[1] C.f. John Gill, The Cause of God and Truth, section 33. See “Resources.”

[2] ESV Study Bible, 2008 (Crossway). Taken from the Online Version at www.esvbible.org

[4] Matthew Henry, Whole Bible Commentary on Acts 7:51-53. http://www.biblestudytools.com/commentaries/matthew-henry-complete/acts/7.html




Irresistible Grace, Effectual Calling - Scripture List Simon Wartanian | 2,378 views | 555 Words | 23 March 2014 22:21
http://www.thecalvinist.net/post/Irresistible-Grace-Effectual-Calling-Scripture-List/491&search=IRRESISTIBLE GRACE&precision=exact

IRRESISTIBLE GRACE, Victorious Grace, Effectual Calling of the Spirit[1]

This is the belief that God is able to raise the spiritually dead sinner to life. This is an act of efficient grace. When God chooses to bring on of his elect to spiritual life, it is an act of similar to when Jesus raised Lazarus from the dead: just as Lazarus was incapable of resisting the power of Christ in raising him from the dead, so too the dead sinner is incapable of resisting the power of God that raises him to spiritual life. This is not to say that men have not resisted God’s grace. This doctrine speaks specifically to the grace that brings regeneration, not to individual acts of sin committed by believers or unbelievers.[2]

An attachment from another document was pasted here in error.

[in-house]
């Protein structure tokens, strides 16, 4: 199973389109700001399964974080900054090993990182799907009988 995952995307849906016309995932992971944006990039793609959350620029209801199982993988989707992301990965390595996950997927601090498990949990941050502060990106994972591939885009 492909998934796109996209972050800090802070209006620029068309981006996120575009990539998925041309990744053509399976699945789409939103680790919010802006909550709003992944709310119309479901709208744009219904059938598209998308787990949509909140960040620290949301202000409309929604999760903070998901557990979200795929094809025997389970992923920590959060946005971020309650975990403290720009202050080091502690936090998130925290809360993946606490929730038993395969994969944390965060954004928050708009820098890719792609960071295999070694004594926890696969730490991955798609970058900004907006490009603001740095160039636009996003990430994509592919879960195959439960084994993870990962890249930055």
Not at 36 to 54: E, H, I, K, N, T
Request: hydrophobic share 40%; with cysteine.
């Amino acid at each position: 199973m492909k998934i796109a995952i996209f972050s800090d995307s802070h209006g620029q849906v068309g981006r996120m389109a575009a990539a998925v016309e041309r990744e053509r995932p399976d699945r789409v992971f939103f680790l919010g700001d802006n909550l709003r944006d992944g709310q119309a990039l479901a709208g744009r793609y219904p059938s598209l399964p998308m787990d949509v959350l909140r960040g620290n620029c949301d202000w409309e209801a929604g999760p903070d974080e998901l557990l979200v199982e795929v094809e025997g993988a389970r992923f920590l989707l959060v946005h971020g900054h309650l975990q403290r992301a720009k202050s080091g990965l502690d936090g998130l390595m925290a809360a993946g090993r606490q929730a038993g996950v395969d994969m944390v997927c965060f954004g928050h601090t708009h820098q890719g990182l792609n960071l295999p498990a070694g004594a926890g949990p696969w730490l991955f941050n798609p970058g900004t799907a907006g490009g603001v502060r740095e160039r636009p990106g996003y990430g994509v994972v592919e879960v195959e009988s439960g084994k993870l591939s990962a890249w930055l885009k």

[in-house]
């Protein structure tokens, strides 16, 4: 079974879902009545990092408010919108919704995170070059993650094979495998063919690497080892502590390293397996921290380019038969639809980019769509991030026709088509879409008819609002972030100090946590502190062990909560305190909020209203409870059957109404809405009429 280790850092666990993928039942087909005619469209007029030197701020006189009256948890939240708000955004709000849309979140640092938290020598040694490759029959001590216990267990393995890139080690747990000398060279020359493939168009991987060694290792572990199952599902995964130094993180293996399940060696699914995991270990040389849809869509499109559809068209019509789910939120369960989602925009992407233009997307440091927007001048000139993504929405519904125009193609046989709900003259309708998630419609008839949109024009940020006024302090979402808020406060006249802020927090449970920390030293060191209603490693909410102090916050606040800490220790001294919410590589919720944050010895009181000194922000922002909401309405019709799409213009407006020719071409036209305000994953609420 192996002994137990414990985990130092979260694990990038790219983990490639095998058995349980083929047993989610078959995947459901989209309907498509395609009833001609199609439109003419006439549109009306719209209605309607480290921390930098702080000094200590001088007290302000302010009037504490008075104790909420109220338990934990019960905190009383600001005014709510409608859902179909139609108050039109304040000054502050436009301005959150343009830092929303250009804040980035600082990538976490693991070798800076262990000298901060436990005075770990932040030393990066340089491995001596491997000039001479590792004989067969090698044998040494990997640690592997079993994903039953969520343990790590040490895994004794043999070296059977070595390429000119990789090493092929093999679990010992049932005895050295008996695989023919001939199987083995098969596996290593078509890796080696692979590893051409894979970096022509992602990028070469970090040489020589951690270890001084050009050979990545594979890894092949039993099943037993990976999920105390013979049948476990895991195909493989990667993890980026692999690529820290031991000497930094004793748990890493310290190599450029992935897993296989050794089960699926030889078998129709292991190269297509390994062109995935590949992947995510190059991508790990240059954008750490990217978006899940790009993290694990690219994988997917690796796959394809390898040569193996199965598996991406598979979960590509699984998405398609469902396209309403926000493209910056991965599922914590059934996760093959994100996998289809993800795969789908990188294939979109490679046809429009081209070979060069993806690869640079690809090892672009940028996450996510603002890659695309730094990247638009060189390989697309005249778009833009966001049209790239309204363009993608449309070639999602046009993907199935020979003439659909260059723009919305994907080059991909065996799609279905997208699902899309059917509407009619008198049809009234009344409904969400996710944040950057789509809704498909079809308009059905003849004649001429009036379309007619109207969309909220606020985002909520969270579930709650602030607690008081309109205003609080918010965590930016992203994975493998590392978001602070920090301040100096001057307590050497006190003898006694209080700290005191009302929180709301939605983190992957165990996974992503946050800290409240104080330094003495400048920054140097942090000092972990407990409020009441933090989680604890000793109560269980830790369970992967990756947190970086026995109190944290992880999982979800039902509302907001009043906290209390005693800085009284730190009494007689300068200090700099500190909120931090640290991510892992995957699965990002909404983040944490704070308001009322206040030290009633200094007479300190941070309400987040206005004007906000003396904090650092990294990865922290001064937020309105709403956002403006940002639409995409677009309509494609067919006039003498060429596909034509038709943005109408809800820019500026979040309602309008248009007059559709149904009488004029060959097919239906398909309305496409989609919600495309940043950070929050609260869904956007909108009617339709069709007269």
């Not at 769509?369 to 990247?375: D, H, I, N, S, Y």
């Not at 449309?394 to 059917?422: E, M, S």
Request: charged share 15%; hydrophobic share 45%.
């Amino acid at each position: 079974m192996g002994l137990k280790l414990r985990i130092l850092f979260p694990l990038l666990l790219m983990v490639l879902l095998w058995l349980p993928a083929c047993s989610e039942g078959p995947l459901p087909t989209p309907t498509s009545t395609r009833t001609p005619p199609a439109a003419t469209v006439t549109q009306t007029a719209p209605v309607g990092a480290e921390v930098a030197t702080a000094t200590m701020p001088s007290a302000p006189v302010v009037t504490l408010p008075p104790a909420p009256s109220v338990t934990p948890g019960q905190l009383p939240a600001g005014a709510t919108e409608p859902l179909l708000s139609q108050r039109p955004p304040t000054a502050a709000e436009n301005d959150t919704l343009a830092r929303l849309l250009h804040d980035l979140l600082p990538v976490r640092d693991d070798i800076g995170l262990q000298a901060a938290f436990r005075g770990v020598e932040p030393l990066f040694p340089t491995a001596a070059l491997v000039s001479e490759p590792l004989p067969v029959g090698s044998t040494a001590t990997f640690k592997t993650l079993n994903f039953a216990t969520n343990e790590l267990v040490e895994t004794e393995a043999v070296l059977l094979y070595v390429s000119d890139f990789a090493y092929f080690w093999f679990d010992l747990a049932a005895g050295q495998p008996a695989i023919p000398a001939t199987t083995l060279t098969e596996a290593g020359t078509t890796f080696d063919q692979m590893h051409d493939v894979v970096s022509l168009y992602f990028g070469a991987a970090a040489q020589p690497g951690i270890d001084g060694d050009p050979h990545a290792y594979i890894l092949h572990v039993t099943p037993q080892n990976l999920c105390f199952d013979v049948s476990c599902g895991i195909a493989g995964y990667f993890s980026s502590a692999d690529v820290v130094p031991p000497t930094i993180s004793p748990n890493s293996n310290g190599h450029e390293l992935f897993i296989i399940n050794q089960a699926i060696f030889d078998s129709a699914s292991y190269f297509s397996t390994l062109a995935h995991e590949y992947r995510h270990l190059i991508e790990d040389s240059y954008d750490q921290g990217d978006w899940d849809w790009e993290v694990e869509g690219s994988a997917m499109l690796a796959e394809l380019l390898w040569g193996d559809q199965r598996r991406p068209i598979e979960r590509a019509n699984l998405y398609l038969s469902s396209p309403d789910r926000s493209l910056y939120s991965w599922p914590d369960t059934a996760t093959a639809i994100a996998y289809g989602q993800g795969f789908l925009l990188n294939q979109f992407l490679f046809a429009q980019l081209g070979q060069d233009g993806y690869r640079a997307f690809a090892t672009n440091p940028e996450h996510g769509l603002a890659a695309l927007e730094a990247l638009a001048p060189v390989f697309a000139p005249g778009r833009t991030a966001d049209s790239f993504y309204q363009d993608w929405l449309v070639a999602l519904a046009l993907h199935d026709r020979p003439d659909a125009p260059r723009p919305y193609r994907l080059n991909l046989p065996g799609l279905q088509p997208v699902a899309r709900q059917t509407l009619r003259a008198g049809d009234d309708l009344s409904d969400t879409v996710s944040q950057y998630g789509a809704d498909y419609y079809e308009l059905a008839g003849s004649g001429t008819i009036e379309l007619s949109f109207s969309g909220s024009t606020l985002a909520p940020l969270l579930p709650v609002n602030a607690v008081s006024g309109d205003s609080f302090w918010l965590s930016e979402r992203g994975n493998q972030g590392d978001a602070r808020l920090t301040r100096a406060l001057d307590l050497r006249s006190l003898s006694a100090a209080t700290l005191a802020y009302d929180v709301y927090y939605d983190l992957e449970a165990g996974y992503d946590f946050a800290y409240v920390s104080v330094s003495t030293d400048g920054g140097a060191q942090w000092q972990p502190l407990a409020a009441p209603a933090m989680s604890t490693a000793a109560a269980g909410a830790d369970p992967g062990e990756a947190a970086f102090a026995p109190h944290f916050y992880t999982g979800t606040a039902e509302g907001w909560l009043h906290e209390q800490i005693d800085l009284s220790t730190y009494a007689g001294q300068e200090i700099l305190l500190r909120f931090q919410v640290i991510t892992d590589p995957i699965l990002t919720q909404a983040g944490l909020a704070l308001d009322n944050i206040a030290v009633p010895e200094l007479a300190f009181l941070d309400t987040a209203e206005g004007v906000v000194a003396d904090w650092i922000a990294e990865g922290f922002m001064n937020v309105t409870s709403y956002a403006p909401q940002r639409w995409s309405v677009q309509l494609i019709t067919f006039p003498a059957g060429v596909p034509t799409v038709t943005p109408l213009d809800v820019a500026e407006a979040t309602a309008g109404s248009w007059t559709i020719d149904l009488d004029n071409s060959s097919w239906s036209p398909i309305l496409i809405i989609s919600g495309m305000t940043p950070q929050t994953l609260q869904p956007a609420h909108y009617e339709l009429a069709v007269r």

In addition to the outward general call to salvation, which is made to everyone who hears the gospel, the Holy Spirit extends to the elect a special inward call that inevitably brings them to salvation. The external call (which is made to all without distinction) can be, and often is, rejected. However, the internal call (which is made only to the elect) cannot be rejected; it always results in conversion. By means of this special call, the Spirit irresistibly draws sinners to Christ. He is not limited in His work of applying salvation by man’s will, nor is He dependent upon man’s cooperation for success. The Spirit graciously causes the elect sinner to cooperate, to believe, to repent, to come freely and willingly to Christ. God’s grace, therefore, is invincible; it never fails to result in the salvation of these to whom it is extended.[3]